• The discontinuous phase if present in the treatment fluid may be any particles (including fluid droplets) that are suspended or otherwise dispersed in the continuous phase in a disjointed manner. In this respect, the discontinuous phase can also be referred to, collectively, as “particle” inclusive of solid “particulate” (as defined above). As used herein, the term “particle” should be construed broadly. For example, in some embodiments, the particle(s) of the current application are solid particulates such as proppant, sands, ceramics, crystals, salts, etc.; however, in some other embodiments, the particle(s) can be liquid, gas, foam, emulsified droplets, etc. Moreover, in some embodiments, the particle(s) of the current application are solid particulates that are substantially stable and do not change shape or form over an extended period of time, temperature, or pressure; in some other embodiments, the particle(s) of the current application are solid particulates that are degradable, expandable, swellable, dissolvable, deformable, meltable, sublimeable, or otherwise capable of being changed in shape, state, or structure.
  • In an embodiment, the solid particulate(s) is substantially round and spherical. In an embodiment, the solid particulate(s) is not substantially spherical and/or round, e.g., it can have varying degrees of sphericity and roundness, according to the API RP-60 sphericity and roundness index. For example, the solid particulate(s) may have an aspect ratio of more than 2, 3, 4, 5 or 6. Examples of such non-spherical solid particulates include, but are not limited to, fibers, flocs, flakes, discs, rods, stars, etc. All such variations should be considered within the scope of the current application.
  • Introducing high-aspect ratio particles into the treatment fluid, e.g., particles having an aspect ratio of at least 6, represents additional or alternative embodiments for stabilizing the treatment fluid and inhibiting settling during proppant placement, which can be removed, for example by dissolution or degradation into soluble degradation products. Examples of such non-spherical particles include, but are not limited to, fibers, flocs, flakes, discs, rods, stars, etc., as described in, for example, U.S. Pat. No. 7,275,596, US20080196896, which are hereby incorporated herein by reference. In an embodiment, introducing ciliated or coated proppant into the treatment fluid may also stabilize or help stabilize the treatment fluid or regions thereof. Proppant or other particles coated with a hydrophilic polymer can make the particles behave like larger particles and/or more tacky particles in an aqueous medium. The hydrophilic coating on a molecular scale may resemble ciliates, i.e., proppant particulates to which hairlike projections have been attached to or formed on the surfaces thereof. Herein, hydrophilically coated proppant particles are referred to as “ciliated or coated proppant.” Hydrophilically coated proppants and methods of producing them are described, for example, in WO 2011-050046, U.S. Pat. No. 5,905,468, U.S. Pat. No. 8,227,026 and U.S. Pat. No. 8,234,072, which are hereby incorporated herein by reference.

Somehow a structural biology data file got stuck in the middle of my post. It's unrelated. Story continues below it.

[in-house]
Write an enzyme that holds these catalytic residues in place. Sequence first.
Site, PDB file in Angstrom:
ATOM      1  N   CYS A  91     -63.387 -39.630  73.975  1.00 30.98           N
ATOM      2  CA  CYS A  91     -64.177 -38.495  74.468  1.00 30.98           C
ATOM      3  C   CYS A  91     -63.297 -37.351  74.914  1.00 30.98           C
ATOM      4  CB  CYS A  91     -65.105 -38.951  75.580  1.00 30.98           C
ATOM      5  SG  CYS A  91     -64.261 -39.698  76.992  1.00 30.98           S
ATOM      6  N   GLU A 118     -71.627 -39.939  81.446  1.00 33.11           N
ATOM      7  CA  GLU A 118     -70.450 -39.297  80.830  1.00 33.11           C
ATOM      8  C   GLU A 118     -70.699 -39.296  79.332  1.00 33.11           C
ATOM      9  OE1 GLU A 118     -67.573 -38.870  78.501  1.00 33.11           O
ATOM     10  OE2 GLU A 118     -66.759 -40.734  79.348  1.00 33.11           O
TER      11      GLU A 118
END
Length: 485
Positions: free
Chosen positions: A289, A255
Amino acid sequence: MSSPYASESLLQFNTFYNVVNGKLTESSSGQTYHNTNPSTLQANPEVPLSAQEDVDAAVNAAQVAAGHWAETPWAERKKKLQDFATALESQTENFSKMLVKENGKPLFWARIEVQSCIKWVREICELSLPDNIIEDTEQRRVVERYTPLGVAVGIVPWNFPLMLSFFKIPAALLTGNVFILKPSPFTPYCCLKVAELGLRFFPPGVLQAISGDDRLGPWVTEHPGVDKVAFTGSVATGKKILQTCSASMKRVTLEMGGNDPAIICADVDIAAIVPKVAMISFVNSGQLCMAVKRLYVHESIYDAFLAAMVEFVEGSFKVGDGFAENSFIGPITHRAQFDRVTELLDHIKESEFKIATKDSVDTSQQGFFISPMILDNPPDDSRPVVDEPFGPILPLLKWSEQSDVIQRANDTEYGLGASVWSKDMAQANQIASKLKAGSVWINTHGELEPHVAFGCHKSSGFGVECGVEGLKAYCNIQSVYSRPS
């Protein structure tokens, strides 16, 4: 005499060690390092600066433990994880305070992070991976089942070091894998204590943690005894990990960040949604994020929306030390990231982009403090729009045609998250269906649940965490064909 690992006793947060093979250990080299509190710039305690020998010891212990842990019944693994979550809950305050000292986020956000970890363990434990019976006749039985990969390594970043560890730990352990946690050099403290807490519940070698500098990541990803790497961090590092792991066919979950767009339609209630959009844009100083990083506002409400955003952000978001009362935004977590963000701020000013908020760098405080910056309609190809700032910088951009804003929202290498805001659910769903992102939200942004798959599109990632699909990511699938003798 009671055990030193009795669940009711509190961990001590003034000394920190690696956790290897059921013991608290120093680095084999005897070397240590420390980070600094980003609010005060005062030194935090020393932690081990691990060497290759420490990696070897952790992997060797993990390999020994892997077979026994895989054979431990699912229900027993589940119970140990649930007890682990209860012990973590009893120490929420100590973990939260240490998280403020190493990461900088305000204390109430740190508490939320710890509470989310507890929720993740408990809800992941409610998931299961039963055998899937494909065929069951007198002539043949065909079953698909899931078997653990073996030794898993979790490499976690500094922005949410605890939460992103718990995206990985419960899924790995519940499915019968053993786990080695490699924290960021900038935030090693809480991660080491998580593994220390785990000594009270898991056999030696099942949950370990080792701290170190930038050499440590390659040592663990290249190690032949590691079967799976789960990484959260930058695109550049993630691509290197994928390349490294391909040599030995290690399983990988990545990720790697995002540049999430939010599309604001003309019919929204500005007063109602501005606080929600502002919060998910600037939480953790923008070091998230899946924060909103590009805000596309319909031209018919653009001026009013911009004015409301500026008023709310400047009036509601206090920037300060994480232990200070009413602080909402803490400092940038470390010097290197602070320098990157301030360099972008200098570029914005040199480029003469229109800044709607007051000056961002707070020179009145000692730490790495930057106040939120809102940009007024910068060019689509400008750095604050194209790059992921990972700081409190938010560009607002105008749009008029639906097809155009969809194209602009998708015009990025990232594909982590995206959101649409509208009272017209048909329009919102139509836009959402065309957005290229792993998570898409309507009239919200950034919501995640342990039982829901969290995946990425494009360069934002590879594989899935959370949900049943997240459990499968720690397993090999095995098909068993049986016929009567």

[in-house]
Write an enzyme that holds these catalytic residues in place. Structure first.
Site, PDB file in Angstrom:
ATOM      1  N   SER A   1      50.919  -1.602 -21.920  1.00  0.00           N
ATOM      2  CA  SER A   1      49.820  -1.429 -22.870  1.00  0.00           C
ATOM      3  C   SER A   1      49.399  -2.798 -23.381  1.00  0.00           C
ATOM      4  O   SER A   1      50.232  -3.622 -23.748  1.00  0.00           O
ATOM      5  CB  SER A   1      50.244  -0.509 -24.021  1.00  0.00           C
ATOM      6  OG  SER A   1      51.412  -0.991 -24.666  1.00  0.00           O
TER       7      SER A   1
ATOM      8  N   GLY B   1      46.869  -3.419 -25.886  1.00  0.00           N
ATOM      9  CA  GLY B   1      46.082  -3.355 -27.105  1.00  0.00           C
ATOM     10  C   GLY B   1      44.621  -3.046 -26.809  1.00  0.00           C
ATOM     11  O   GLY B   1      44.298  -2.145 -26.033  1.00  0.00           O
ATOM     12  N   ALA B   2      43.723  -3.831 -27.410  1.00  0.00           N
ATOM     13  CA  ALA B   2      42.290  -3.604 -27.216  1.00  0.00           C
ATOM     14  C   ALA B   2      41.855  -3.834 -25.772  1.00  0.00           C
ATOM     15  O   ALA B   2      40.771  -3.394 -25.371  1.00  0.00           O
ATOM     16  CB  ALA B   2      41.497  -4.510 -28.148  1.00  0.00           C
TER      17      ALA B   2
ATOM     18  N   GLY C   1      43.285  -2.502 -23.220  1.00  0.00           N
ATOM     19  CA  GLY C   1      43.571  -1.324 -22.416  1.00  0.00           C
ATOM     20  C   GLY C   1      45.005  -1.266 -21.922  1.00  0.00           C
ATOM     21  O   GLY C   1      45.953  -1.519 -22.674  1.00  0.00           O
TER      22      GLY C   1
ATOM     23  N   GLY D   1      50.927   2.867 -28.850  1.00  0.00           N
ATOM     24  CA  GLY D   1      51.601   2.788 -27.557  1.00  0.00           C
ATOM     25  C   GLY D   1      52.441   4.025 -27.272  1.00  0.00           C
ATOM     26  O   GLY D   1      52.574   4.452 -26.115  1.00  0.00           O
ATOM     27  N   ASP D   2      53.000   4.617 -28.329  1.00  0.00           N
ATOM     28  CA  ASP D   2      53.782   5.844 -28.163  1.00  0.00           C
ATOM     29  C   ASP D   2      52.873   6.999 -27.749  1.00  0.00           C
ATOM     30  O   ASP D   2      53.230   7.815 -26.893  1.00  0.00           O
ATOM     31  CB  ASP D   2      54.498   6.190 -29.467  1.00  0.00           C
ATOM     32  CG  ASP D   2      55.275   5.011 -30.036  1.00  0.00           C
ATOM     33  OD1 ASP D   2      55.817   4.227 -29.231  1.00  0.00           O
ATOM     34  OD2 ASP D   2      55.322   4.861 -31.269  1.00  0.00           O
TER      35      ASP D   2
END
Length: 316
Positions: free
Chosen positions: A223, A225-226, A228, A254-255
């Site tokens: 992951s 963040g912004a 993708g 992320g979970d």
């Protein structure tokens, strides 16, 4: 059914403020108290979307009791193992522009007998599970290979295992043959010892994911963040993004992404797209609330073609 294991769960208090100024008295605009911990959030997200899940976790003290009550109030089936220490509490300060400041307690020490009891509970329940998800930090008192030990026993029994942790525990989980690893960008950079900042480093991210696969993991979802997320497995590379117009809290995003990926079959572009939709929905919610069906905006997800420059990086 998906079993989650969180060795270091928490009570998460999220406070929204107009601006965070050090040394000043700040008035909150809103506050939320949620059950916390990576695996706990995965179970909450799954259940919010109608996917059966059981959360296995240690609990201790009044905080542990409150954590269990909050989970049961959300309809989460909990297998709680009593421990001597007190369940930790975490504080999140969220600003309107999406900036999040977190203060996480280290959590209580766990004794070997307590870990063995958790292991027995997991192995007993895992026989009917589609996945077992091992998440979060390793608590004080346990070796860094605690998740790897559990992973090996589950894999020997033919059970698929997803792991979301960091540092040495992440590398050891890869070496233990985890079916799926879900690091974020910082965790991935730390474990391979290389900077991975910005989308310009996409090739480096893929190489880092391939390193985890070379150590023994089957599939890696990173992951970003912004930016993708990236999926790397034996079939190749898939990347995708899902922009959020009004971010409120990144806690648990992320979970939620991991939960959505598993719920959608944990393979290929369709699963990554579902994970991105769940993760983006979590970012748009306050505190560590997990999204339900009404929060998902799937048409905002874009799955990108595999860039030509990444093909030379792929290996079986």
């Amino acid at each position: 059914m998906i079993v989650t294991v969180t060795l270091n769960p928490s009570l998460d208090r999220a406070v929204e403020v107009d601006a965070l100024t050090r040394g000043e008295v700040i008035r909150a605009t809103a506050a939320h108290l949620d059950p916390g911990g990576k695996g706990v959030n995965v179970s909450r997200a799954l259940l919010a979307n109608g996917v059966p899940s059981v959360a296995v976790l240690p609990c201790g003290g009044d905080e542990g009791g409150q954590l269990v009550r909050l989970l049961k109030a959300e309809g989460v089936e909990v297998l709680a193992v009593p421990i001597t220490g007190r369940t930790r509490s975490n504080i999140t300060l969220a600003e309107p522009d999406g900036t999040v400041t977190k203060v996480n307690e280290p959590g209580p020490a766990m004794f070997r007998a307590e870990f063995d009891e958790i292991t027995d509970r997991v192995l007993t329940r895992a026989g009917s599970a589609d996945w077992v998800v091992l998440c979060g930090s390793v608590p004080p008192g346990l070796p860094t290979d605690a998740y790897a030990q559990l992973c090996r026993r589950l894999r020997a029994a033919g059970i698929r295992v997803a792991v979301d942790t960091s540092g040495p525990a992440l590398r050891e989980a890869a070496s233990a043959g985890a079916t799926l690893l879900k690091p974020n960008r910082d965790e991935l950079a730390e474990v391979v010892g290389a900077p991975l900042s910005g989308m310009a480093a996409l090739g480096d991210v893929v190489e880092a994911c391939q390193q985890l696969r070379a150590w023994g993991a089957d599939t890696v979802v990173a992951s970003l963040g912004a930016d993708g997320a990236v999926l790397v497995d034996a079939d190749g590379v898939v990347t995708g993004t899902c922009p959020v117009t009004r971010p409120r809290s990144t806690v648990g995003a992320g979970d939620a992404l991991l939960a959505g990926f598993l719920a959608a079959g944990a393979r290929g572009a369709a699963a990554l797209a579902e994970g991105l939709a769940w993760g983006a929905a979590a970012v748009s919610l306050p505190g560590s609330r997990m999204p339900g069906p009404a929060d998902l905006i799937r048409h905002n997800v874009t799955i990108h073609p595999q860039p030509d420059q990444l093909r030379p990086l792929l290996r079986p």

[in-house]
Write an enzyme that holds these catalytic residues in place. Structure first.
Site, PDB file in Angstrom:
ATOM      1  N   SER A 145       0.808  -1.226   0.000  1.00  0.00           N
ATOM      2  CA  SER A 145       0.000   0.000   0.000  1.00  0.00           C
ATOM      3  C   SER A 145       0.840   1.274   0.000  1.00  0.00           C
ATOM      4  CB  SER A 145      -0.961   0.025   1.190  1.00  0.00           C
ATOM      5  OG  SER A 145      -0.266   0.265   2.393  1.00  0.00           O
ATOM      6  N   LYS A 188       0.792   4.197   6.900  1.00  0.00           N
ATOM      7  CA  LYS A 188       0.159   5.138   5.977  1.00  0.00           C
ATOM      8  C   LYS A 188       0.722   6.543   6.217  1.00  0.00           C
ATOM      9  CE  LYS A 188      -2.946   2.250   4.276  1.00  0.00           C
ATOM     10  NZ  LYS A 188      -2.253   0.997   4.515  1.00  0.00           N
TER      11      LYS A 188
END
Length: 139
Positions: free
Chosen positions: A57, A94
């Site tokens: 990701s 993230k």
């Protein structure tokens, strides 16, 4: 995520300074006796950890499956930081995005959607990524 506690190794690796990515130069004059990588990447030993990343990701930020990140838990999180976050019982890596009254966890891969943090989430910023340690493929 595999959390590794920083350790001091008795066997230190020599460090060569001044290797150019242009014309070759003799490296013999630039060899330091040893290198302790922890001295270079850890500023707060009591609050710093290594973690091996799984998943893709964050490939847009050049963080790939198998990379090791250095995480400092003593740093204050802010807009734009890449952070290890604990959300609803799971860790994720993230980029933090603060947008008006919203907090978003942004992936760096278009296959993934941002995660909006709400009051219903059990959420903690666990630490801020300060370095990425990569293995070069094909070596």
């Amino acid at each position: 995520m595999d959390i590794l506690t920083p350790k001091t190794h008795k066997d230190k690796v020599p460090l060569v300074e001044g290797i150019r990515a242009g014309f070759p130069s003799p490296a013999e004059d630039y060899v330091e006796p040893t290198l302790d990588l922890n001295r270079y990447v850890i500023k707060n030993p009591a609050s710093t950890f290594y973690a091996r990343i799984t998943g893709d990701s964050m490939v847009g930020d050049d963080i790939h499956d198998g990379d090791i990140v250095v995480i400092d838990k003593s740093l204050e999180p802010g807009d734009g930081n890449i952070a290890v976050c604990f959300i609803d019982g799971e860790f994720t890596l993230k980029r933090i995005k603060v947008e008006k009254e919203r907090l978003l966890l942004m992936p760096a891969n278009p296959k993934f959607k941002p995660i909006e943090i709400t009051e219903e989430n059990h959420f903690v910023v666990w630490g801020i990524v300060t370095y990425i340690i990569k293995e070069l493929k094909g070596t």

• In an embodiment, the particles may be multimodal. As used herein multimodal refers to a plurality of particle sizes or modes which each has a distinct size or particle size distribution, e.g., proppant and fines. As used herein, the terms distinct particle sizes, distinct particle size distribution, or multi-modes or multimodal, mean that each of the plurality of particles has a unique volume-averaged particle size distribution (PSD) mode. That is, statistically, the particle size distributions of different particles appear as distinct peaks (or “modes”) in a continuous probability distribution function. For example, a mixture of two particles having normal distribution of particle sizes with similar variability is considered a bimodal particle mixture if their respective means differ by more than the sum of their respective standard deviations, and/or if their respective means differ by a statistically significant amount. In an embodiment, the particles contain a bimodal mixture of two particles; in an embodiment, the particles contain a trimodal mixture of three particles; in an embodiment, the particles contain a tetramodal mixture of four particles; in an embodiment, the particles contain a pentamodal mixture of five particles, and so on. Representative references disclosing multimodal particle mixtures include U.S. Pat. No. 5,518,996, U.S. Pat. No. 7,784,541, U.S. Pat. No. 7,789,146, U.S. Pat. No. 8,008,234, U.S. Pat. No. 8,119,574, U.S. Pat. No. 8,210,249, US 2010/0300688, US 2012/0000641, US 2012/0138296, US 2012/0132421, US 2012/0111563, WO 2012/054456, US 2012/0305245, US 2012/0305254, US 2012/0132421, PCT/RU2011/000971 and U.S. Ser. No. 13/415,025, each of which are hereby incorporated herein by reference.